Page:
There’s a perception that being a conscious consumer, or making sustainable lifestyle choices, is a bit of a luxury. In our recent survey, about half of all respondents cited money as one of the main reasons why they don’t live as sustainably as they would like to.
In fact, one of the main criticisms in the thought-provoking Quartz article published earlier this year, “Conscious Consumerism Is a Lie,” was that being a sustainable consumer seems to be reserved only for the privileged:
“The sustainability movement has been charged with being elitist—and it most certainly is. You need a fair amount of disposable income to afford ethical and sustainable consumption options, the leisure time to research the purchasing decisions you make, the luxury to turn up your nose at 95% of what you’re offered, and, arguably, a post-graduate degree in chemistry to understand the true meaning behind ingredient labels.”
There is a lot of truth to this statement. I know many people who would like to buy a responsibly manufactured item from an environmentally and socially responsible company, but who simply feel priced out from the ethical consumer marketplace.
Most of us probably know that the cheap counterparts from big box stores or Amazon are usually manufactured cheaply in faraway places (often China), by companies that employ people in deplorable working conditions and are certainly not eager to make their processes transparent and their products traceable. We know it and feel bad about it, and would like to consume differently. But the price tags on “ethical” or “eco-friendly” goods — the kind that are beautifully featured on sites like The Good Trade — seem unrealistic for many people. And so they keep going for the cheap junk made in China, and continue to feel bad about their impact.
No, I can’t make ethically and responsibly produced goods suddenly cheaper. I doubt anyone can, if we still want to pay a fair wage for the persons who made the product. But I’m going to stand by this:
the #1 money-saving trick for an aspiring conscious consumer is not cheaper responsibly-produced products — it’s a mindset shift. You don’t need to buy more ethically manufactured goods to be a mindful consumer; you just need to consume less.
Sustainable consumer choices are expensive if you remain in the throw-away-and-buy-again mindset of consumerism that’s pushed on us by market forces from the moment we are born. We live in a world where some people experience the social pressure to renew their entire wardrobe, for example, once a year (if not once a season). Fun statistic: according to Overdressed, the average American woman buys 64 new items of clothing per year. This same logic of “fast fashion” applies to gadgets too: buy, use, discard, buy again, use, discard…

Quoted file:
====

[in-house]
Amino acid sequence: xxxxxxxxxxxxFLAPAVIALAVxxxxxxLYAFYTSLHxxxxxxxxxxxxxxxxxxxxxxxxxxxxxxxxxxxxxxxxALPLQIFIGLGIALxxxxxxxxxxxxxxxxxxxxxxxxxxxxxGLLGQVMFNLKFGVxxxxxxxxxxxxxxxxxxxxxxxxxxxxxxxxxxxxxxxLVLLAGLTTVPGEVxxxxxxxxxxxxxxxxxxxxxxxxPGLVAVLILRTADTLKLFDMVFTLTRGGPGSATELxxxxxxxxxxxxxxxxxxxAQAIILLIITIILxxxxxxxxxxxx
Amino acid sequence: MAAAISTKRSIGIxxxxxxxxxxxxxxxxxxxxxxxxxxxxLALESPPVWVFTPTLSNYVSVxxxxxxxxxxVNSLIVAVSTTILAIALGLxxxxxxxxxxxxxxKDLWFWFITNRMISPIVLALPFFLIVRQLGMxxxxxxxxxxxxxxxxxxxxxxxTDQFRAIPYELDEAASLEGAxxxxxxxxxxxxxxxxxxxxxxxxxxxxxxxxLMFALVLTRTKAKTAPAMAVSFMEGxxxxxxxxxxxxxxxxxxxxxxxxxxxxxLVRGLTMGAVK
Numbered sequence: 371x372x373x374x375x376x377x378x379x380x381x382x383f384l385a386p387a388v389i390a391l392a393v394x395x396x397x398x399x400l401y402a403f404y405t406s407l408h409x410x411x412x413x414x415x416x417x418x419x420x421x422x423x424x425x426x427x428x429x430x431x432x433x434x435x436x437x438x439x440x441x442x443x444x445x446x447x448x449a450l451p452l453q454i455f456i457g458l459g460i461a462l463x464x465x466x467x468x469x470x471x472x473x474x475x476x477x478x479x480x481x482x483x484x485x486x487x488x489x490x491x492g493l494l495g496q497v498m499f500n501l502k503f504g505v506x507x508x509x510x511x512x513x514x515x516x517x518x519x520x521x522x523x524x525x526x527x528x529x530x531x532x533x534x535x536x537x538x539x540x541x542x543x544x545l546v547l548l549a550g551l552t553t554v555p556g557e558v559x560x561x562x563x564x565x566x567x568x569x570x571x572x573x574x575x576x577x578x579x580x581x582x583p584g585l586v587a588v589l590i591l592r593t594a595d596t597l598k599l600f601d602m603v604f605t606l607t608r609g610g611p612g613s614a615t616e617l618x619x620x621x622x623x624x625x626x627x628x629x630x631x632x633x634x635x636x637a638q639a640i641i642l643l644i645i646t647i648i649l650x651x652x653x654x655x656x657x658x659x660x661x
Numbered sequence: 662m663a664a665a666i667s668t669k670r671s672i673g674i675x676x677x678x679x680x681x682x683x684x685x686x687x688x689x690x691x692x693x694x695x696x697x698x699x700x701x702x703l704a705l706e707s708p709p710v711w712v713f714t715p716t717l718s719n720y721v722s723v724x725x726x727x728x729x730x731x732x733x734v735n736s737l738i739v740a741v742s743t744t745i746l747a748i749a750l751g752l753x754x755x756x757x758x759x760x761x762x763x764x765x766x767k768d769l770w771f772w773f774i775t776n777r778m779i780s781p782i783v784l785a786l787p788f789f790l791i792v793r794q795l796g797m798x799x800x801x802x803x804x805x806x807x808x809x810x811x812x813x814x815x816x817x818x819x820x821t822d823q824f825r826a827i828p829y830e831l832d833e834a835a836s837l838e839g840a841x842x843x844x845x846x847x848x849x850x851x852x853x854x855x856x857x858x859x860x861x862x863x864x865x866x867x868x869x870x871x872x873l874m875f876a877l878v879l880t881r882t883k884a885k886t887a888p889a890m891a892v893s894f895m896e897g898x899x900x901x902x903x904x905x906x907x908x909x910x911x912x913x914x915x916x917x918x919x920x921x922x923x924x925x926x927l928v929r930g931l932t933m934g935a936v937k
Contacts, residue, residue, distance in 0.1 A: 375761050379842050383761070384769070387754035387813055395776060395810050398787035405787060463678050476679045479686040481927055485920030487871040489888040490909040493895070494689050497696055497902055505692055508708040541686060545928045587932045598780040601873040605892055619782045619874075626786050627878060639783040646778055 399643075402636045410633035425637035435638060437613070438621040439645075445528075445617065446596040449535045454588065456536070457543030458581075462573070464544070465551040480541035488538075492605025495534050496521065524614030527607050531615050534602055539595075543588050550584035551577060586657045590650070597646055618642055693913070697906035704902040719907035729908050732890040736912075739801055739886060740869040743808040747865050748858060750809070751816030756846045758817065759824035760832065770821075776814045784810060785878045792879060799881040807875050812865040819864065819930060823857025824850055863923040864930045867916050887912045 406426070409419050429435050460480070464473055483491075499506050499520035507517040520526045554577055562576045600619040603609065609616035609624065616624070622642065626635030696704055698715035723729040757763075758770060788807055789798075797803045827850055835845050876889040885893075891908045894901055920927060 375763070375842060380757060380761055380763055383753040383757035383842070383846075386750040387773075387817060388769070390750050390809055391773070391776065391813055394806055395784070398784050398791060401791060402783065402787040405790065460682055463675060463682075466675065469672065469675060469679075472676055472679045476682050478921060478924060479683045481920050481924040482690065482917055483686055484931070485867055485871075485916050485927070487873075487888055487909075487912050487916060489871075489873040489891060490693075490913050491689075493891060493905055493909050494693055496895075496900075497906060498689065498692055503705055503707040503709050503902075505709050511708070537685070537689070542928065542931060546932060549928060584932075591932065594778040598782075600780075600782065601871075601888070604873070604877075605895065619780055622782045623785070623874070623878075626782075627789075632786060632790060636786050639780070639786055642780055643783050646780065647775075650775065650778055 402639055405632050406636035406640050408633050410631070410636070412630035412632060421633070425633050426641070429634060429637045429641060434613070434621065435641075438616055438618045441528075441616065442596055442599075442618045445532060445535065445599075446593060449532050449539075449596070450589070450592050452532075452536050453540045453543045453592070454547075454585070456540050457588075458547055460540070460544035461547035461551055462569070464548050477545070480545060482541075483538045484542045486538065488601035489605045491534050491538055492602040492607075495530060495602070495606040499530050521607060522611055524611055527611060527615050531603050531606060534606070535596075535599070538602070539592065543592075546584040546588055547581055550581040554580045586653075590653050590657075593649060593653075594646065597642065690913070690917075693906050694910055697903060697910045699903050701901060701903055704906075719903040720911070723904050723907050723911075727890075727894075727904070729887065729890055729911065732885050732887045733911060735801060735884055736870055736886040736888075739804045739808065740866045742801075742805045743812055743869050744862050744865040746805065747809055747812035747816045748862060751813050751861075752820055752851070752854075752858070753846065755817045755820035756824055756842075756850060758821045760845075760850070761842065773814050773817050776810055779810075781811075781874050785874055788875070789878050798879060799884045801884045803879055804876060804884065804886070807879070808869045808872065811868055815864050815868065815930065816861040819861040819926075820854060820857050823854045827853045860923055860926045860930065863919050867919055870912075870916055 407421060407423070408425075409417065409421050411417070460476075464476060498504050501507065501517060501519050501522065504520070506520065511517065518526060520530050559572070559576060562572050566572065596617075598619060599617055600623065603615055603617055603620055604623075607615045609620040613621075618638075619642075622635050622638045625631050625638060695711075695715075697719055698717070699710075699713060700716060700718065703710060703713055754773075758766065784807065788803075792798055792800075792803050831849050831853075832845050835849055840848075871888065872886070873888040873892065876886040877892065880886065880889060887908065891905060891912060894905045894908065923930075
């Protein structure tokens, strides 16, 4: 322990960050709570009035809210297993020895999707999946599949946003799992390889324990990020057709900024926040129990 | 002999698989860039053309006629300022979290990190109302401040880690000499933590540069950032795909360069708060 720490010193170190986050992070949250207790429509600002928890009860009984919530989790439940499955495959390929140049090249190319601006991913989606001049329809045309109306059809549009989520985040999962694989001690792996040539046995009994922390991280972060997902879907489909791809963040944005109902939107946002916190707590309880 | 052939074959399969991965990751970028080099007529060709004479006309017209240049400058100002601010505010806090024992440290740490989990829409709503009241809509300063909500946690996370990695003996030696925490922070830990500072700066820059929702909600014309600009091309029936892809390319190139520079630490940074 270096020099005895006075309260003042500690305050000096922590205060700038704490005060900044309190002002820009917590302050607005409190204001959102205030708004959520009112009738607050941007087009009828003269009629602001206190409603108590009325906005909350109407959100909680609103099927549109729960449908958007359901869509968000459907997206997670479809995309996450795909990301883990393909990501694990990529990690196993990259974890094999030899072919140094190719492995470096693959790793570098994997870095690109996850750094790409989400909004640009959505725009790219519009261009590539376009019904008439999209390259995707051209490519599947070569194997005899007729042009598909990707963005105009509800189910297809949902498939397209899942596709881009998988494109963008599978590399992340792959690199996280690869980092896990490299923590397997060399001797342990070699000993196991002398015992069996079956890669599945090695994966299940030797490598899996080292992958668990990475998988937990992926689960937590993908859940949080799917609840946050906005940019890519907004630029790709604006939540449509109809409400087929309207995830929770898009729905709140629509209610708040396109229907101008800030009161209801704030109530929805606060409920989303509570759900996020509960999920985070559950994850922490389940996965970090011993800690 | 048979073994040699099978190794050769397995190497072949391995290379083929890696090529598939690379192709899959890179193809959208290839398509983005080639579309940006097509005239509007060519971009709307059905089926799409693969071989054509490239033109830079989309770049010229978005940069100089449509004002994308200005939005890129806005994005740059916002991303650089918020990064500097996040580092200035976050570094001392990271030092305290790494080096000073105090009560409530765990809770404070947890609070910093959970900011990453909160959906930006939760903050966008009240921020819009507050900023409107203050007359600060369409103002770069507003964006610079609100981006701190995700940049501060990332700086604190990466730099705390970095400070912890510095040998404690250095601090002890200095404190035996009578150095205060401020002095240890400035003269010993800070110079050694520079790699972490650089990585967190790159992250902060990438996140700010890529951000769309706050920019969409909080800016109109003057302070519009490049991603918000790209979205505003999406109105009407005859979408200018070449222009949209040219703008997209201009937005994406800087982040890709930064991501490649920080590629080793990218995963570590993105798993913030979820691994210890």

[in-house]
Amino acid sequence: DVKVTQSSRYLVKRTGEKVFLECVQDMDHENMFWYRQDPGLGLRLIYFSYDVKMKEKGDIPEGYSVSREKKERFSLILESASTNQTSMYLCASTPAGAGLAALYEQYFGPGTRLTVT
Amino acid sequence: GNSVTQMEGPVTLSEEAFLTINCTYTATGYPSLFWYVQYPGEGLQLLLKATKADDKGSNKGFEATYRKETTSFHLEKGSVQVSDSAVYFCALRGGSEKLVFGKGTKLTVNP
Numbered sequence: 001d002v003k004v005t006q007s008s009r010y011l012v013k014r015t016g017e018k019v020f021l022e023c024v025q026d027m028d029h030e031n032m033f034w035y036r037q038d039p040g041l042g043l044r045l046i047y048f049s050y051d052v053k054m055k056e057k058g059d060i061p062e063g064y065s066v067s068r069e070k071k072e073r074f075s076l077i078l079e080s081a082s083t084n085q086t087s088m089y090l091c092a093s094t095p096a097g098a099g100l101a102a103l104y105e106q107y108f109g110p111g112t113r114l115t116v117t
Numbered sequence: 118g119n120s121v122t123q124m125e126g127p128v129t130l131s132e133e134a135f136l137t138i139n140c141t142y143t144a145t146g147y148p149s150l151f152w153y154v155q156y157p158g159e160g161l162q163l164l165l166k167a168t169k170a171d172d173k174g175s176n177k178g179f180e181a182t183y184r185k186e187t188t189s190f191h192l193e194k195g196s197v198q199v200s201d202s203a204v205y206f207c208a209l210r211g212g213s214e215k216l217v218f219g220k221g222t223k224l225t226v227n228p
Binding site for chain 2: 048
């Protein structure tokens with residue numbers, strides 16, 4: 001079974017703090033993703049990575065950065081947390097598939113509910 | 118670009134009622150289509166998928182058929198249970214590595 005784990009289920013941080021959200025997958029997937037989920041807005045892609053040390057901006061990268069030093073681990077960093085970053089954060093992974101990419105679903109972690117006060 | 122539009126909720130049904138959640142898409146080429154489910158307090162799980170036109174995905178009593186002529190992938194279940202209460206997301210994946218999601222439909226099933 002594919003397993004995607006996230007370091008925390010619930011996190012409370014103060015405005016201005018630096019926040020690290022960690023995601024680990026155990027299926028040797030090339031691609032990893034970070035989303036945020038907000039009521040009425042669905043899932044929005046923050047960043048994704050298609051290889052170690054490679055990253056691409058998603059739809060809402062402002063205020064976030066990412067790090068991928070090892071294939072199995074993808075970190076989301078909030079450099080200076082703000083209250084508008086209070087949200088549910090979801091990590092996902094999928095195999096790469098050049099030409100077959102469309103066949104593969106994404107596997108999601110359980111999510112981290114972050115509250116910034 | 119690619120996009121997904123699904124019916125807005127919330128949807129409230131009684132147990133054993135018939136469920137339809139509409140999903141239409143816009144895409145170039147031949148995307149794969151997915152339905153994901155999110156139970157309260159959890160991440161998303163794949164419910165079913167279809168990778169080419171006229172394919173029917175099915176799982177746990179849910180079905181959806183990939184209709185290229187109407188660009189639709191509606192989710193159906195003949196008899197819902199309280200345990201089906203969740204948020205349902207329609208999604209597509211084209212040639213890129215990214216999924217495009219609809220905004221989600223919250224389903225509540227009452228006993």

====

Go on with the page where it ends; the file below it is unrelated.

But let’s at least admit to ourselves that that’s a lifestyle choice — a decision to give into certain social pressures — and not a necessity.
A true shift to sustainability — or, better, to the kind of beyond-sustainable, regenerative lifestyle that we at Project Grounded promote — involves an honest assessment of our true wants and needs. If we all started shopping according to our true needs, we would buy fewer items per year. Maybe just one.
And then first look into what’s available used, at second-hand or consignment shops.
And only then, if you really can’t find what you need pre-owned, purchase new — and make it a real investment. Look into how the item was made. Buy durable and high-quality, even something that can become an heirloom. Take really good care of it, and if it breaks, repair it.
For after all, an ethically manufactured item of clothing that costs $150 is not any more expensive than ten cheaply made poor-quality items of $15 each. And we all know which choice is likely to be wearable for many, many years.
But here’s where things get interesting — and hopeful. I invite you to try this out as an experiment. It’s been my experience, and I’ve heard more than one person echo it, that once you start investigating how our everyday products are made and learn the true impact of your choices, you reach a point where you actually can’t bring yourself to buy the irresponsibly produced stuff anymore. Or at least not as often. Because it’s so hard to find goods that actually do good in the world, you simply buy less. (“My husband is very happy about this,” Daniela Ibarra-Howell joked at the Savory Institute’s Consumer Revolution event last year.)
And when that compulsive urge to constantly buy new is not indulged, gradually it starts to loosen its hold on us, you have some space to breathe, and you see that you actually don’t need a new [insert item here] anyway. As a result, you save money. In this way, becoming a picky sustainability snob may actually be the best thing that ever happened to you — or your wallet.